The middle tier layers include:
- Web layer
- Application layer
- Infrastructure layer
Active Server Pages (ASP.net)
Active Server Pages technology provides a simplified, fast way to create dynamic Web content. ASP technology enables rapid development of Web-based applications that are server and platform independent. ASP pages separate the user interface from content generation, enabling designers to change the overall page layout without altering the underlying dynamic content. They take advantage of objects, simplifying the maintenance of Web applications.
Extensible Markup Language (XML)
Extensible Markup Language (XML) is the universal format for data on the Web. XML allows developers to easily describe and deliver rich, structured data from any application in a standard, consistent way.
Internet Information Server (IIS)
The Microsoft® Internet Information Server is designed to deliver high speed, secure information publishing while also serving as a platform for developers and independent software vendors (ISVs) to extend the Internet's standard communication capabilities.
An assembly is a versioned, self-describing encapsulation of a set of resources. Assemblies can reference other assemblies to build complex business objects, much in the same way as dlls, and COM executables did in the past.
We will be utilizing assemblies to encapsulate various aspects of the HOC application. For example, assemblies will be created for Security, Incident, and Action Items.
Active Data Objects (ADO.net)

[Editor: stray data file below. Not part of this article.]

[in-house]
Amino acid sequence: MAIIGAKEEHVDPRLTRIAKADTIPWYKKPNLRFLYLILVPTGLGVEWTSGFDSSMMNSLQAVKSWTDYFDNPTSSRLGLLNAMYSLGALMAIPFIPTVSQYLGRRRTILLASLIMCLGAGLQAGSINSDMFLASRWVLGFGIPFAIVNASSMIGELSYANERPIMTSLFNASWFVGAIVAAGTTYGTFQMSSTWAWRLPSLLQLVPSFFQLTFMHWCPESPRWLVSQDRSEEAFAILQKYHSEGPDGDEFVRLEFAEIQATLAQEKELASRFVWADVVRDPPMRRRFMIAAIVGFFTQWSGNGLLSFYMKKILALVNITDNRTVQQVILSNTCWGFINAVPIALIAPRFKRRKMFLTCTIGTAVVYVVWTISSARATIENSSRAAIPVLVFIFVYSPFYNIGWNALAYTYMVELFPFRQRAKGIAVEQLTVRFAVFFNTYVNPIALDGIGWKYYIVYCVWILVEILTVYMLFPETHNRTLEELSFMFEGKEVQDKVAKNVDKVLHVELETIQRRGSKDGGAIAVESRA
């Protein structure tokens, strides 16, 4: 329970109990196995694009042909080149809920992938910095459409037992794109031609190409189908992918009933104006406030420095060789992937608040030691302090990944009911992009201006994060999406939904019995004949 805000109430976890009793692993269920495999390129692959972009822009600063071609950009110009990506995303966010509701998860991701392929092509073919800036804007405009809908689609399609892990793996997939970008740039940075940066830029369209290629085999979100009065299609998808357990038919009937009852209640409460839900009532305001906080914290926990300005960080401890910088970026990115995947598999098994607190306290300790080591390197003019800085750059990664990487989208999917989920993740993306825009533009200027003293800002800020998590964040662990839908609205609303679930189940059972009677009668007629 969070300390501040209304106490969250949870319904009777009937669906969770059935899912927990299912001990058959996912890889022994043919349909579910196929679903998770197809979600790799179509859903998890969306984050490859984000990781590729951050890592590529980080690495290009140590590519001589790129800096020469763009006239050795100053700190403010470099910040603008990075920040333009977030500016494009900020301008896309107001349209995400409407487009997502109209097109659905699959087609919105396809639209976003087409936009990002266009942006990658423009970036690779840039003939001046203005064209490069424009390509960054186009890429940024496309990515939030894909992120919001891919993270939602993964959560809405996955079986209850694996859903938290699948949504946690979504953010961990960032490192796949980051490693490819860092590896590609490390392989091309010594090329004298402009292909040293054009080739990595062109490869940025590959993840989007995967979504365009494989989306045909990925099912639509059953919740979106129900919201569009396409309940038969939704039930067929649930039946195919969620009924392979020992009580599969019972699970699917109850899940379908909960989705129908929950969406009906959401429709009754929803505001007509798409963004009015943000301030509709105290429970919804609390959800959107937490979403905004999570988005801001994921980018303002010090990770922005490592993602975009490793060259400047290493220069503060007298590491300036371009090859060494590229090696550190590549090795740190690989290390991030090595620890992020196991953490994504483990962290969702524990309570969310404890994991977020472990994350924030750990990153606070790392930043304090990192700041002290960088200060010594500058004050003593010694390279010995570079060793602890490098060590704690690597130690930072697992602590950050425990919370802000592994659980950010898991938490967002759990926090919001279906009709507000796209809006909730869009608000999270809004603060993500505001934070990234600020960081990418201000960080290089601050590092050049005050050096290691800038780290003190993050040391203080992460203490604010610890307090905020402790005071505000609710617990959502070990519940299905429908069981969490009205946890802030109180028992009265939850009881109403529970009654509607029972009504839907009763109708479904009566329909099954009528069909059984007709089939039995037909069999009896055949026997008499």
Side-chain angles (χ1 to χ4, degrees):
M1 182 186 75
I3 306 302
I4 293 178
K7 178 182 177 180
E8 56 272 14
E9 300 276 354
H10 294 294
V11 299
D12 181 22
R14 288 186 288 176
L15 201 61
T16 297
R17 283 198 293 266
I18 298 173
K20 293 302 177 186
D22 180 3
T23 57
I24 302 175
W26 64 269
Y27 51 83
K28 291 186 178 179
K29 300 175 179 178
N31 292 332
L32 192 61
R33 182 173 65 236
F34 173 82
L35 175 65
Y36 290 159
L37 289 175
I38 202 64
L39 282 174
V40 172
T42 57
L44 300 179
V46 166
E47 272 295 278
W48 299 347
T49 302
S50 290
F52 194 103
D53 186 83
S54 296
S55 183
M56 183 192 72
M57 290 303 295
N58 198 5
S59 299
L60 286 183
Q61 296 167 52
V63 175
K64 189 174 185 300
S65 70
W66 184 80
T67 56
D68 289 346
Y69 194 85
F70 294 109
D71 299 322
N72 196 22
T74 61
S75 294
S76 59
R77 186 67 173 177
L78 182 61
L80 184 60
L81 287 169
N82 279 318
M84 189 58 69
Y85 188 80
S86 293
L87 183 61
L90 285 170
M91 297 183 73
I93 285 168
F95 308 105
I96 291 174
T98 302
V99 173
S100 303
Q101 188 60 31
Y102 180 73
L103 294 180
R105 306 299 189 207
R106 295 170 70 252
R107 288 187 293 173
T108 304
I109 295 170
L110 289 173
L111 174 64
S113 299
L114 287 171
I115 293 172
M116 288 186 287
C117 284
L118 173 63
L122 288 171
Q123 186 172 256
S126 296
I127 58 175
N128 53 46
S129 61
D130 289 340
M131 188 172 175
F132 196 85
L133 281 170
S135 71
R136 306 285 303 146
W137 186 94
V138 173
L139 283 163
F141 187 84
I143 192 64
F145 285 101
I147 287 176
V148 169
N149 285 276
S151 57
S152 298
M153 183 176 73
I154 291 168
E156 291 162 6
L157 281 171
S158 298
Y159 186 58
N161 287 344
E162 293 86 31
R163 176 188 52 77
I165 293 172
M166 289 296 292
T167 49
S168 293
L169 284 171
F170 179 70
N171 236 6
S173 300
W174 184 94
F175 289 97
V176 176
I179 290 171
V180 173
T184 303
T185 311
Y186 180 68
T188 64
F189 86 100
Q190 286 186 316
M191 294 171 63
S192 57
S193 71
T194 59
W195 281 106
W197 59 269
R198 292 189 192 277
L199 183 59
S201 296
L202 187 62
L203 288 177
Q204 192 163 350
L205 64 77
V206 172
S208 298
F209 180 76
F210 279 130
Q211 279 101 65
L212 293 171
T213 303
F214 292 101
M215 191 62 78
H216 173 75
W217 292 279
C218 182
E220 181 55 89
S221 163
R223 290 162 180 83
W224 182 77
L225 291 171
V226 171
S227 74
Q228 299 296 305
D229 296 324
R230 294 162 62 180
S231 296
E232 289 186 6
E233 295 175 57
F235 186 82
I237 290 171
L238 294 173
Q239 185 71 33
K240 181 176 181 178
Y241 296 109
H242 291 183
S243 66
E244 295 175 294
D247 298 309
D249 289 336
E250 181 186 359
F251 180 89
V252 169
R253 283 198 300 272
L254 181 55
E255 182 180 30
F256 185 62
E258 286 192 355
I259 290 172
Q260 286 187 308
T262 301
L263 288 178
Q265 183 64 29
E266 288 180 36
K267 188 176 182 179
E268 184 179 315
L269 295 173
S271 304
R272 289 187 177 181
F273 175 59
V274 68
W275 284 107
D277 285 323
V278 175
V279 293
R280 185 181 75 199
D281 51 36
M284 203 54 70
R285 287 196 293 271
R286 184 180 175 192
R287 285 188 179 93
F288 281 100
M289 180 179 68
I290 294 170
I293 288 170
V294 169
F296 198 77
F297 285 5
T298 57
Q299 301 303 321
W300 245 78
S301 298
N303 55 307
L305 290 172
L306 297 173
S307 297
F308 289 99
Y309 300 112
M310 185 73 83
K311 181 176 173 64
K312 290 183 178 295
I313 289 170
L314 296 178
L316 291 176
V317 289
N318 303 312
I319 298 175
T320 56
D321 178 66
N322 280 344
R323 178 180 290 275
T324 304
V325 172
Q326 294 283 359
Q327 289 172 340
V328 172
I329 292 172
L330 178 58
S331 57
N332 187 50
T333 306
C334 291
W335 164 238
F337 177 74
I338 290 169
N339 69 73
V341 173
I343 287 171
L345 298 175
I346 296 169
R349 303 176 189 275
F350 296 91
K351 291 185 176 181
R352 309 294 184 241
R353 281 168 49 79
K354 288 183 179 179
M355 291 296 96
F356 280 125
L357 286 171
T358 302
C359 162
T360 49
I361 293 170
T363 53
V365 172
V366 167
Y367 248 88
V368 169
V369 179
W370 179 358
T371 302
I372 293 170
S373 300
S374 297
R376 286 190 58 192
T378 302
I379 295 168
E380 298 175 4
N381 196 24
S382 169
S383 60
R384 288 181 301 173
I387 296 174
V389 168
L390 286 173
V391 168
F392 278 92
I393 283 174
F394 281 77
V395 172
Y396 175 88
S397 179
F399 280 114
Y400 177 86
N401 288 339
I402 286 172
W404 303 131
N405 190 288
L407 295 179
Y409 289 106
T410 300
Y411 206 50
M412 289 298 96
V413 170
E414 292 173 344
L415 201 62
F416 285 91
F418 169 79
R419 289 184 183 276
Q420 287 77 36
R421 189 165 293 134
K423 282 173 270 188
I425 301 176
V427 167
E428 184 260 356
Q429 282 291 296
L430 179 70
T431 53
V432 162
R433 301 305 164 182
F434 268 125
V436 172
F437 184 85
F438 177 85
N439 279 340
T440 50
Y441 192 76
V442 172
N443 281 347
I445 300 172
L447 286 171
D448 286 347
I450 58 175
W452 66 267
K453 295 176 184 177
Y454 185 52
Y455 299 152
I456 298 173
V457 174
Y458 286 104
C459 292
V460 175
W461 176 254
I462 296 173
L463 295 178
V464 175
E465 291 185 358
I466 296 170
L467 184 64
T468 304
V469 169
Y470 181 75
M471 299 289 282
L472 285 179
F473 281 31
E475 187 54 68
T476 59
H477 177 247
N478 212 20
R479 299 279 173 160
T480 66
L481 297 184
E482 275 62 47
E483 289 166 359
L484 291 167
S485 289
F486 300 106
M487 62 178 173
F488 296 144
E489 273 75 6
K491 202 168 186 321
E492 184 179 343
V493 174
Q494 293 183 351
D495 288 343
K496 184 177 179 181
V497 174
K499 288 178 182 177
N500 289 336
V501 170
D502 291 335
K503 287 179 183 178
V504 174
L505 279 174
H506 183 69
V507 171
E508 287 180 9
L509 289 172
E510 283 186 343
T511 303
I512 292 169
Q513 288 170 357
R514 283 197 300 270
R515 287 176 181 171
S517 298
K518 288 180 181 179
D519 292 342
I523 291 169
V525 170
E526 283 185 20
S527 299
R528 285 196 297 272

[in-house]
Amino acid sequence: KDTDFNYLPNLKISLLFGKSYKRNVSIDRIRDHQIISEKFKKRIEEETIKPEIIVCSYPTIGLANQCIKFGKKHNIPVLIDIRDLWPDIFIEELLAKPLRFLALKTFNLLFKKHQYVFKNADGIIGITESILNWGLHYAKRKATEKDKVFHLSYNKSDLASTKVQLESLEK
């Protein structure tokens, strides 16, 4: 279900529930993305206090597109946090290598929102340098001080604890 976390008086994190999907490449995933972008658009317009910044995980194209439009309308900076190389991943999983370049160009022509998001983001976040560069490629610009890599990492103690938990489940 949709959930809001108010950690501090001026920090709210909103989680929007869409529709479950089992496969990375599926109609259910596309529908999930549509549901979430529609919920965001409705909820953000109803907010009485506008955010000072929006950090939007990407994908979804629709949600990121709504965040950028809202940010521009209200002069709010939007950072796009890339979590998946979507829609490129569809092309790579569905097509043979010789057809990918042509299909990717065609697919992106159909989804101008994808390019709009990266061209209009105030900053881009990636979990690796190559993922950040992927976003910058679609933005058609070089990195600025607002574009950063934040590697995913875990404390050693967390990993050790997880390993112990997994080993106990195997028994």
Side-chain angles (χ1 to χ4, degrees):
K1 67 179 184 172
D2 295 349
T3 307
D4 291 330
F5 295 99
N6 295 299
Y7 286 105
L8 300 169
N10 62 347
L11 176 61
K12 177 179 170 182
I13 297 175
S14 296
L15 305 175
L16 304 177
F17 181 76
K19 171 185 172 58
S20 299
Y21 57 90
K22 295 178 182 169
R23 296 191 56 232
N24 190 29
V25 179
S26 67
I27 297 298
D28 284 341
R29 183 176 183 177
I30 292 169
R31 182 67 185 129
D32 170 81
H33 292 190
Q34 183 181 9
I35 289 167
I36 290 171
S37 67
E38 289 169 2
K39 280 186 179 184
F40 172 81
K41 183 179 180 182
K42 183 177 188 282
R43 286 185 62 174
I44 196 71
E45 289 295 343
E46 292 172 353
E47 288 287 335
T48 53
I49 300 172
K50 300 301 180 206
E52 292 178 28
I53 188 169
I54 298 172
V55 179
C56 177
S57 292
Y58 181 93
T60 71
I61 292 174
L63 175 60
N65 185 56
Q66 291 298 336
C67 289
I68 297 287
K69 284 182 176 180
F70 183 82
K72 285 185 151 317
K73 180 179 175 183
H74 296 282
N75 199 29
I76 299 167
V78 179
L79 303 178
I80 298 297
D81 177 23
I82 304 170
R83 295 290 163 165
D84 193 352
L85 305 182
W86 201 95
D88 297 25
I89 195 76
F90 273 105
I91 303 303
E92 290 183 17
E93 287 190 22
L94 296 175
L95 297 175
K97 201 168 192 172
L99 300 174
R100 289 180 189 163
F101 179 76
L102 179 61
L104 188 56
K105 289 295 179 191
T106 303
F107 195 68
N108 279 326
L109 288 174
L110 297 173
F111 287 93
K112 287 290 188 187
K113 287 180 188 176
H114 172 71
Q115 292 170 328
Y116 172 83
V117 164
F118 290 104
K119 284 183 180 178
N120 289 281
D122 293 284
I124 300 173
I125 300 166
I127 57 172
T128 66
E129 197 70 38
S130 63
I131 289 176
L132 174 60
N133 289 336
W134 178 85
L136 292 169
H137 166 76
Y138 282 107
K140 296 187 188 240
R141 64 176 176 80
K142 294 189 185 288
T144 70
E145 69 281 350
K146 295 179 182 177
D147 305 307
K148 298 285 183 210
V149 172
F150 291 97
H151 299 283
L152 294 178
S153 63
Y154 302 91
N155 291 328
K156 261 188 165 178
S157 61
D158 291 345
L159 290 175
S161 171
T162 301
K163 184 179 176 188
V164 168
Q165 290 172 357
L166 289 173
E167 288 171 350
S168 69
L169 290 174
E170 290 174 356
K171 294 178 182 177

ActiveX Data Objects is a programming model, which means that it is not dependent upon any given back-end engine. ADO.NET can access data through any OLE DB provider, although ADO.Net drivers are specific to database
The Oracle Provider for ADO.NET is currently available for the Windows operating system. The provider allows high performance and reliable access to Oracle databases for .NET applications. Additionally, the provider allows access to Oracle-specific features, including PL/SQL stored procedures and LOBs. The goal of the Oracle Provider for ADO.NET is to have a high performance and rich feature mechanism for data access to Oracle databases.
Services in the client tier are typically related to delivery of functionality and information to system users. Client services therefore are most commonly packaged in applications of one type or another, such as Web-based applications, stand-alone software or wireless applications. Increasingly with Web-based systems, another class of client services provides integration interfaces to other systems within the company or in external companies. In this case, the services do not have direct end users, and so typically have no presentation component.
The browser client, typically but not necessarily limited to Netscape or Internet Explorer, is suitable for delivering primarily static information and multimedia via browser plugins. It can also deliver ultra-thin client applications, i.e., those essentially involving only presentation running in the client, with all application logic located server-side. This model is employed currently for the HOC Application. The services of the browser are therefore oriented towards user interface presentation, HTML-based information display, multimedia playback, and other browser functions such as bookmarks.